Mother fights back to help save next generation from opioid crisis

NOW: Mother fights back to help save next generation from opioid crisis

PLYMOUTH, Ind. -- Imagine having to make phone call, after phone call, just to find a place for your loved one to get clean and to deal with their addiction.

It's a struggle many people in Indiana face each day. 

Officials say that a lack of residential, inpatient treatment facilities are handcuffing any efforts, to crush the opioid crisis. 

One mother, is determined to help Marshall County, fix that problem.

"When you first come into Plymouth, you see the Economy Inn to the right, and you see Red Roof to the left," describes Angie Kain. "I hate that when you come to Plymouth, it's here. I hate that when you leave Plymouth, it's here."

The Economy Inn is where Kain's son, Chandlor, overdosed less than a year ago.

Walking up to the building was difficult for her. 

"This is the first time I've been this close to this building," she says. 

For Kain, the worn down railings and blue painted doors, serve as a constant reminder of Chandlor's struggle and her family's loss. 

"You can have a mom that makes phone call, after phone call, just trying to talk to anybody to get him help," she explains.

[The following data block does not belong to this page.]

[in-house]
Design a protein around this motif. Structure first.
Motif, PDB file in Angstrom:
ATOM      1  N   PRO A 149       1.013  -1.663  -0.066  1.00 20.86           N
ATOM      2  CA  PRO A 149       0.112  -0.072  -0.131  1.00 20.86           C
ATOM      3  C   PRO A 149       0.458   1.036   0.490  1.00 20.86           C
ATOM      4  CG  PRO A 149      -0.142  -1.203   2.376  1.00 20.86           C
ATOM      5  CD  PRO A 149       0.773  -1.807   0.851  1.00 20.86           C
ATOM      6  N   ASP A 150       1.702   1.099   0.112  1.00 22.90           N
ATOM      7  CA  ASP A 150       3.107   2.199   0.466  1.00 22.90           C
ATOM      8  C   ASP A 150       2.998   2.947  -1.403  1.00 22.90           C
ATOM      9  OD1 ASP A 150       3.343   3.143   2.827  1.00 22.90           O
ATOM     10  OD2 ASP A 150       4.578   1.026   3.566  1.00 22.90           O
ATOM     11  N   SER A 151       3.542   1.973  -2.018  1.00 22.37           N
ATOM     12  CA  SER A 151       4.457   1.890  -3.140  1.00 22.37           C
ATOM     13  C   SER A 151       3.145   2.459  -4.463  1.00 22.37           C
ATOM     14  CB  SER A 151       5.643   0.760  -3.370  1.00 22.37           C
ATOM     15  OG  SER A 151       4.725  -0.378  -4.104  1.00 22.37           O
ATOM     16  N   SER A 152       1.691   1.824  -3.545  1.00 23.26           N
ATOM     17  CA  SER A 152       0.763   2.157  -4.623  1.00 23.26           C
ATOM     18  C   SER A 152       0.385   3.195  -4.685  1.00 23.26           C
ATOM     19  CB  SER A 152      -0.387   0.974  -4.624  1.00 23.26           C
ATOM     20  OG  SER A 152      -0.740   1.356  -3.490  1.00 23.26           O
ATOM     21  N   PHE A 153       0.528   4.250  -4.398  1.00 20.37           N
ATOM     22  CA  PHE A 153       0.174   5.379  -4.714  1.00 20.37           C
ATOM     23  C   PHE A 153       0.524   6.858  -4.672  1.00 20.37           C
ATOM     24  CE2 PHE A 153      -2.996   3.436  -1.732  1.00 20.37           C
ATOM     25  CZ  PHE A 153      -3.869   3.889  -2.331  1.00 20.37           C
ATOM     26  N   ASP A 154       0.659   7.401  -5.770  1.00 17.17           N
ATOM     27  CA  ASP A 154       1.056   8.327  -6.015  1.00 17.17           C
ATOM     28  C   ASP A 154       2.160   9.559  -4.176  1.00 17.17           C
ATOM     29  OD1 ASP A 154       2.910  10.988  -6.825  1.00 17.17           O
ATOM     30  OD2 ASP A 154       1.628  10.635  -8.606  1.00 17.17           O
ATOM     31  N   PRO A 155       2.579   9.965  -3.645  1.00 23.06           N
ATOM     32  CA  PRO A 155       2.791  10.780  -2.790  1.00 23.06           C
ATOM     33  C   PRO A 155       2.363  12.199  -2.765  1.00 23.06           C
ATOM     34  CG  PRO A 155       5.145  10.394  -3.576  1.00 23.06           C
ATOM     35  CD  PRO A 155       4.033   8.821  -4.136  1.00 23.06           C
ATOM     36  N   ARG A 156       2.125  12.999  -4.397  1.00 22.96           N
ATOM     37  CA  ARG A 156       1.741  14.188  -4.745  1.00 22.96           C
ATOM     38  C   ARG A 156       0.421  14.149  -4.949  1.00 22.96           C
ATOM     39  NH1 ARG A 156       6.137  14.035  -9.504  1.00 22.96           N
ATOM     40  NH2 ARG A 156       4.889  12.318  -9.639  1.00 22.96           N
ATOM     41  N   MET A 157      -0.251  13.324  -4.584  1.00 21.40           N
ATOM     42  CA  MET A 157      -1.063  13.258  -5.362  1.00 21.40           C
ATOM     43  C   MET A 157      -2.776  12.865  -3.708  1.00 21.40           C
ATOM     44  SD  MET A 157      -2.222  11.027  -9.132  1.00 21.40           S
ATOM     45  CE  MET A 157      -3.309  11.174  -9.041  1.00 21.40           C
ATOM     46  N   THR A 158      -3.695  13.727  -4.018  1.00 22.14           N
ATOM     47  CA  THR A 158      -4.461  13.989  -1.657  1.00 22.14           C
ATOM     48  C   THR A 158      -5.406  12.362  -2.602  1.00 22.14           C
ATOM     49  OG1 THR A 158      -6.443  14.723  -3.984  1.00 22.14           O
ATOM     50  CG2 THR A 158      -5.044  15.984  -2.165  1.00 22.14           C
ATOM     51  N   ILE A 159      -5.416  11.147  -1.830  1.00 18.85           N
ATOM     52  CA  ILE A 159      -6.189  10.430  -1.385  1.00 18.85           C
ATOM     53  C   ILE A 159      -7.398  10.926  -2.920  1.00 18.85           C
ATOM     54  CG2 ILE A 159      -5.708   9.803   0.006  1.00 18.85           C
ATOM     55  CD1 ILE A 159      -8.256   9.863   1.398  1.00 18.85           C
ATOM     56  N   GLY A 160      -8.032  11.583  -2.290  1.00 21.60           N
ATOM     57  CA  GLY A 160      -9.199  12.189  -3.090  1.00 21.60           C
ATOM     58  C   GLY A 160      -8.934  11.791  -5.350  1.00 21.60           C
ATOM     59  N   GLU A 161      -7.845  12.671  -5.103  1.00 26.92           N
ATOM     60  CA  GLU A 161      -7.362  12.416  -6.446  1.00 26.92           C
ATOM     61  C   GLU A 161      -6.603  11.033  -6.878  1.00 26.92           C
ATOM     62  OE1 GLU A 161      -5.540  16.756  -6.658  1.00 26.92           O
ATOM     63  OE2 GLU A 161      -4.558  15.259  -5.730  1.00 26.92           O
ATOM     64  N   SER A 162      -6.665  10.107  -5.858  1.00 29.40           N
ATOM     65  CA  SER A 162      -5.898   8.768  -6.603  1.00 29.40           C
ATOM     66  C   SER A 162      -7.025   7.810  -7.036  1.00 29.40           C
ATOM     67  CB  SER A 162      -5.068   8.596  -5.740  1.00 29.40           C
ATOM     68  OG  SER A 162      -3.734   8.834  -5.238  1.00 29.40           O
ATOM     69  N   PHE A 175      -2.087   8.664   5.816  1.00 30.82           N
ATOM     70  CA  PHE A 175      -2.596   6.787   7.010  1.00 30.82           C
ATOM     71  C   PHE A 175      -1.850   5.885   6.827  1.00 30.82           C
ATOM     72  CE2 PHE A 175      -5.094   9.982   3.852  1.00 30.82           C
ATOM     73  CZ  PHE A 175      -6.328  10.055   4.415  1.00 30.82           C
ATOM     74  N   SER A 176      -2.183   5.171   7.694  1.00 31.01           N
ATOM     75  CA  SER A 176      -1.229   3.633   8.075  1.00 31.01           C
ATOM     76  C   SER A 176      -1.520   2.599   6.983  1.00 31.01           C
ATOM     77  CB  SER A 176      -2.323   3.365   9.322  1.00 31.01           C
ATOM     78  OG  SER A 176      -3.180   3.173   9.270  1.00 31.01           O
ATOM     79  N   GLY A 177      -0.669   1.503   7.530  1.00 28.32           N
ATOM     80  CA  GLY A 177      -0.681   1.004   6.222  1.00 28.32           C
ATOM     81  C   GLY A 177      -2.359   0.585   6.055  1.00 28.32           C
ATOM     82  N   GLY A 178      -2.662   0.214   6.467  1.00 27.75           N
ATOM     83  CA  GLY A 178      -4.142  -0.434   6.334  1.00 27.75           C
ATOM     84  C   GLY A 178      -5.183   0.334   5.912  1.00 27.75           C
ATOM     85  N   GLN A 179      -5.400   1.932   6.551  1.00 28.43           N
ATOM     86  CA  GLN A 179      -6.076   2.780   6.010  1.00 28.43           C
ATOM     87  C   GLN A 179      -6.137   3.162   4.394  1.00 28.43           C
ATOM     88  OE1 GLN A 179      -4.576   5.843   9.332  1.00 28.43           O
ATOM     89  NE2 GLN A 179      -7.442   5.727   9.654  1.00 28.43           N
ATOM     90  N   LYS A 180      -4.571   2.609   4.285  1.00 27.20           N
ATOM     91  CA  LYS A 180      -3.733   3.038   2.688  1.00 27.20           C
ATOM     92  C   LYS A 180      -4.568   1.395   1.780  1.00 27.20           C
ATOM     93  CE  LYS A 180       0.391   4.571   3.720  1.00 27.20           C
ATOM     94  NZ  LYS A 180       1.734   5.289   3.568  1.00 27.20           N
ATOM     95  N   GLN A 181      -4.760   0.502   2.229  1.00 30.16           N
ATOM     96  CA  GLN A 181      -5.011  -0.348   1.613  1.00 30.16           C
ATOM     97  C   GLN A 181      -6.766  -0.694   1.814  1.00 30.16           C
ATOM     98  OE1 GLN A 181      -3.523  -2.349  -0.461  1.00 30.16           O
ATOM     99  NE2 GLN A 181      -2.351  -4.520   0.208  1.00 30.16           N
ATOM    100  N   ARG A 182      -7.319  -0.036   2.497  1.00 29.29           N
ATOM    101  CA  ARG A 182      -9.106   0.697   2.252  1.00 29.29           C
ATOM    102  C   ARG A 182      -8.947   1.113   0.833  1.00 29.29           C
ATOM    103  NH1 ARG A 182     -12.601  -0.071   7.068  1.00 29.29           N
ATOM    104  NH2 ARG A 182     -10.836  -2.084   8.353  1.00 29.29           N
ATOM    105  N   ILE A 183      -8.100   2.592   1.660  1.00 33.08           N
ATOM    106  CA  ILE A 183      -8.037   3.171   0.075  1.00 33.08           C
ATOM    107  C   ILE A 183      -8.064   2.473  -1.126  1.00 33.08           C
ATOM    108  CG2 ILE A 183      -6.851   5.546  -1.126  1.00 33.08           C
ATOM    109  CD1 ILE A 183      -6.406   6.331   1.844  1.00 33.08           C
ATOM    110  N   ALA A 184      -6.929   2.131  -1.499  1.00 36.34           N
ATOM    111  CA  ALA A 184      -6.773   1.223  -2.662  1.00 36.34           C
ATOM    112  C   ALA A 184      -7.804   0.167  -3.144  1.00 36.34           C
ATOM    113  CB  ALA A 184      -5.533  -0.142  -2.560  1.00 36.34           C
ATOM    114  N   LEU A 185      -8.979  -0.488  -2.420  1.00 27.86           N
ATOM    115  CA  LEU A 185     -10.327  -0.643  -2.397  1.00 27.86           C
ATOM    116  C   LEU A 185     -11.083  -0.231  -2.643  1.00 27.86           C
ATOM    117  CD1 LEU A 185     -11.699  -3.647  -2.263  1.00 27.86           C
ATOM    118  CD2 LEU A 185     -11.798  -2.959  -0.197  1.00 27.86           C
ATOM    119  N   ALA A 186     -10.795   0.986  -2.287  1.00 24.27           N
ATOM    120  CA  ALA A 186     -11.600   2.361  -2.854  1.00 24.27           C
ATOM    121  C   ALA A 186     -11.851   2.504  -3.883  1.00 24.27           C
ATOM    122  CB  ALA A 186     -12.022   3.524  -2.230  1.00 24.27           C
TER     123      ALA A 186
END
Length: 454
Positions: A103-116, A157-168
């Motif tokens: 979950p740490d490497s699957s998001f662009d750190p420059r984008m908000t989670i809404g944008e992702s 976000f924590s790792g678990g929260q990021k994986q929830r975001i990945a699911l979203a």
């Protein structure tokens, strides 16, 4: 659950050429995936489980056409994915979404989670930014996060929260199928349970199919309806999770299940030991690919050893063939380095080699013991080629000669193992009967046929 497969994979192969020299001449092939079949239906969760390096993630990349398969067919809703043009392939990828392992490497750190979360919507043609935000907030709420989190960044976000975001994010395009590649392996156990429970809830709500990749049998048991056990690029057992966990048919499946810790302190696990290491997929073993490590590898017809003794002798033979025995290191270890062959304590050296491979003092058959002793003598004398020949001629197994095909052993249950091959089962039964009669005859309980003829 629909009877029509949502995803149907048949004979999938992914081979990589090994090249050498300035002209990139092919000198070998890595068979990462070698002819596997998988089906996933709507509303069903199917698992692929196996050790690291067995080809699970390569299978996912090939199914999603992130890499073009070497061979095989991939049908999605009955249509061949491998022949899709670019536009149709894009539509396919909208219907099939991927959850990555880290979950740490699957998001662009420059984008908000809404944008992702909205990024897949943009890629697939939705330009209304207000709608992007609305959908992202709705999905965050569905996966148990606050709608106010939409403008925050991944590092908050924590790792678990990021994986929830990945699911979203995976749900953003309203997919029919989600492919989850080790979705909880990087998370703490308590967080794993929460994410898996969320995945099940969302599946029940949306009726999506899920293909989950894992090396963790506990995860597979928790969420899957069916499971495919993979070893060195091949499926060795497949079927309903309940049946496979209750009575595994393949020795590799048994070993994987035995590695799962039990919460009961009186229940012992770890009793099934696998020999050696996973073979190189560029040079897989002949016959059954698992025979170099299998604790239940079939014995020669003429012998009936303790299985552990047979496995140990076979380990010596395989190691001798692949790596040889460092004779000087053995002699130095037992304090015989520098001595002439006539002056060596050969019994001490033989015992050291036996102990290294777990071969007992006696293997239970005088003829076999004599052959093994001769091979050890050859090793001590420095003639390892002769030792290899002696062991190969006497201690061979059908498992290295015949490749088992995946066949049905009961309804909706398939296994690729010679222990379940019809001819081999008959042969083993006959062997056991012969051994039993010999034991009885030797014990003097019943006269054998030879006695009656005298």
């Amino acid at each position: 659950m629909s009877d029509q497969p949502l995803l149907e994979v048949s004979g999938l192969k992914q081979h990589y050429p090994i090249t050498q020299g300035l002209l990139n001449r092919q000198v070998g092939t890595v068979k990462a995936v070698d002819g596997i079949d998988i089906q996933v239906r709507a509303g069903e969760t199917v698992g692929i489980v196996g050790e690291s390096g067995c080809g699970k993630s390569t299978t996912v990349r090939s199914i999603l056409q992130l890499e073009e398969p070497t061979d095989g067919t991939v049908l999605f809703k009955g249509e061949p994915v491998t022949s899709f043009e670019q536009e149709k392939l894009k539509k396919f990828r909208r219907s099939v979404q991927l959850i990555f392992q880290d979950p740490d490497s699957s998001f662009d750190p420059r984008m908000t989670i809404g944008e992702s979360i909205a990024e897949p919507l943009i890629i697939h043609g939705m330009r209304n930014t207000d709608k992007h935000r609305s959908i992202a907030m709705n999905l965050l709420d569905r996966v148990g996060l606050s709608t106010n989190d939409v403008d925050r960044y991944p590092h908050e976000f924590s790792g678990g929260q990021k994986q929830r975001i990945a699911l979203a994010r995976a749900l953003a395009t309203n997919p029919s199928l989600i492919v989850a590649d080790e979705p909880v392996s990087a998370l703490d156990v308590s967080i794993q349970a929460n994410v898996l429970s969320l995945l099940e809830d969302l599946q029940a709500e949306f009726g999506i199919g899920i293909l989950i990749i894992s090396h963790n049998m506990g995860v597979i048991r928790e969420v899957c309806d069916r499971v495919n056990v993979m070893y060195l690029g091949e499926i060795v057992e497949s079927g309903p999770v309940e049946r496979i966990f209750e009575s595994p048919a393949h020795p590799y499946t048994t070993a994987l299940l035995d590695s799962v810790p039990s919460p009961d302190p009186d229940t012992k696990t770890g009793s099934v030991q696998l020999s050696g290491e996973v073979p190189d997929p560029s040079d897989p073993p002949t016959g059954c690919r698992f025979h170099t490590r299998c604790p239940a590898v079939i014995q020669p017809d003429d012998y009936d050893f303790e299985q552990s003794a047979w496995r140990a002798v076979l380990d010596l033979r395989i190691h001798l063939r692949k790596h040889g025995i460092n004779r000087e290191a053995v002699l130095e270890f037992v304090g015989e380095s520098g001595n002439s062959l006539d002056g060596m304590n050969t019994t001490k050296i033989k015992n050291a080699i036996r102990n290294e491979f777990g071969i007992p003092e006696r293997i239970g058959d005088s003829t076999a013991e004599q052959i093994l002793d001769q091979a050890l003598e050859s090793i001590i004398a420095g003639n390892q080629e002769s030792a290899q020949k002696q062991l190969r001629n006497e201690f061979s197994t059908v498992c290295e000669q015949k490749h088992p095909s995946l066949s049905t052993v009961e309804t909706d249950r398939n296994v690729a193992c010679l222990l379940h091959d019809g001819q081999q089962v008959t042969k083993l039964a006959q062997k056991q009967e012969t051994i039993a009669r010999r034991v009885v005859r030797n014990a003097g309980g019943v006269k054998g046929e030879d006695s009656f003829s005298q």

She says she felt hopeless, like there wasn't anything she could do.

But now, she is doing something.

Kain is working to make sure no other mother has to lose a child to the opioid crisis. 

"We have to feel this pain and this hurt everyday. Something has to be done," she explains.

She's not the only one who thinks so.

The drug problem is Marshall County is bad, and overdoses are quite frequent. 

"It happens here in Plymouth on a regular basis. So why now? Because now is the time. Now is the time to step forward and to help these folks who are battling this disease," says Ward Byers. 

Byers is the Director of Marshall County Community Corrections.

He believes that one major part of solving the opioid problem, is lacking all over Michiana.

"Inpatient, residential facilities are truly lacking in our area, to allow that person to have a structured environment while they work through their opioid or substance abuse issues," explains Byers. 

According to the Substance Abuse and Mental Health Services Administration, the state of Indiana only has four residential, inpatient treatment centers for substance abuse.

The closest facility to Plymouth is in South Bend.

Though there are other short term, inpatient and outpatient private facilities available statewide, they are typically full or are too expensive for many. 

"My husband and I, when my son first overdosed, made 32 phone calls to try and find a facility that would take him," recalls Kain. "You either have to be clean for 30 days or [pay] $30,000."

On the 33rd phone call, Kain got Chandlor into a rehab facility all the way in Ft. Wayne. 

But the center was voluntary, and he packed his bags just two weeks later.

Byers says, this is a major problem, especially when addicts get out of jail. 

"You need to take that substance abuse client, that's dealing with that disease or that illness, and you need to take them out of that environment," he explains.